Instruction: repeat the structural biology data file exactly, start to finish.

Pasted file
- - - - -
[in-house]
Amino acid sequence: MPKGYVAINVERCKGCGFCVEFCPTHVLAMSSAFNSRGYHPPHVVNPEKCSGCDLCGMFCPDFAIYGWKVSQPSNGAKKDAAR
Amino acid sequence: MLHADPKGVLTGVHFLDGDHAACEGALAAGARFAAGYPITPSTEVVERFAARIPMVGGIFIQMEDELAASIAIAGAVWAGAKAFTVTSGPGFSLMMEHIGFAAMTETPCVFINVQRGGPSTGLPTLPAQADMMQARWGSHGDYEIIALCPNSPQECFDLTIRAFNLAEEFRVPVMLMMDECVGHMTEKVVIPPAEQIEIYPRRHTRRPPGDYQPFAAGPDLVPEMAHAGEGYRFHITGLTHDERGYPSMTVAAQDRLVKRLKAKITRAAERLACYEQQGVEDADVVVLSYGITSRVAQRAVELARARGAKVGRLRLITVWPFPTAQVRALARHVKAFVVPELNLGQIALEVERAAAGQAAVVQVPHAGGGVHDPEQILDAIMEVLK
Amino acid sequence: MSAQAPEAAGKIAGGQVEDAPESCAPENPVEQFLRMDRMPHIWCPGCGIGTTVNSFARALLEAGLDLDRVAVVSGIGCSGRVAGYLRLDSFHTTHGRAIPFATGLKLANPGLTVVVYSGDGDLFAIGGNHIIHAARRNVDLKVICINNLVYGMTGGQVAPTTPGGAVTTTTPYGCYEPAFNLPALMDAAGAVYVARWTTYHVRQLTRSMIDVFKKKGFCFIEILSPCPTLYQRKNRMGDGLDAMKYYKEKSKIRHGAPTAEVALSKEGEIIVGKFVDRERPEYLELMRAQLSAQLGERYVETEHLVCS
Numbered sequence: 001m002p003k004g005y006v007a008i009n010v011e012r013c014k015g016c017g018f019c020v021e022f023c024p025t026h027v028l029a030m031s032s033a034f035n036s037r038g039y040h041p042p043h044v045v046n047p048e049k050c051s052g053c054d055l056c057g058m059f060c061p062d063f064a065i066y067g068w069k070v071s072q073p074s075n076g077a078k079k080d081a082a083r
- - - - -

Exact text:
[in-house]
Amino acid sequence: MPKGYVAINVERCKGCGFCVEFCPTHVLAMSSAFNSRGYHPPHVVNPEKCSGCDLCGMFCPDFAIYGWKVSQPSNGAKKDAAR
Amino acid sequence: MLHADPKGVLTGVHFLDGDHAACEGALAAGARFAAGYPITPSTEVVERFAARIPMVGGIFIQMEDELAASIAIAGAVWAGAKAFTVTSGPGFSLMMEHIGFAAMTETPCVFINVQRGGPSTGLPTLPAQADMMQARWGSHGDYEIIALCPNSPQECFDLTIRAFNLAEEFRVPVMLMMDECVGHMTEKVVIPPAEQIEIYPRRHTRRPPGDYQPFAAGPDLVPEMAHAGEGYRFHITGLTHDERGYPSMTVAAQDRLVKRLKAKITRAAERLACYEQQGVEDADVVVLSYGITSRVAQRAVELARARGAKVGRLRLITVWPFPTAQVRALARHVKAFVVPELNLGQIALEVERAAAGQAAVVQVPHAGGGVHDPEQILDAIMEVLK
Amino acid sequence: MSAQAPEAAGKIAGGQVEDAPESCAPENPVEQFLRMDRMPHIWCPGCGIGTTVNSFARALLEAGLDLDRVAVVSGIGCSGRVAGYLRLDSFHTTHGRAIPFATGLKLANPGLTVVVYSGDGDLFAIGGNHIIHAARRNVDLKVICINNLVYGMTGGQVAPTTPGGAVTTTTPYGCYEPAFNLPALMDAAGAVYVARWTTYHVRQLTRSMIDVFKKKGFCFIEILSPCPTLYQRKNRMGDGLDAMKYYKEKSKIRHGAPTAEVALSKEGEIIVGKFVDRERPEYLELMRAQLSAQLGERYVETEHLVCS
Numbered sequence: 001m002p003k004g005y006v007a008i009n010v011e012r013c014k015g016c017g018f019c020v021e022f023c024p025t026h027v028l029a030m031s032s033a034f035n036s037r038g039y040h041p042p043h044v045v046n047p048e049k050c051s052g053c054d055l056c057g058m059f060c061p062d063f064a065i066y067g068w069k070v071s072q073p074s075n076g077a078k079k080d081a082a083r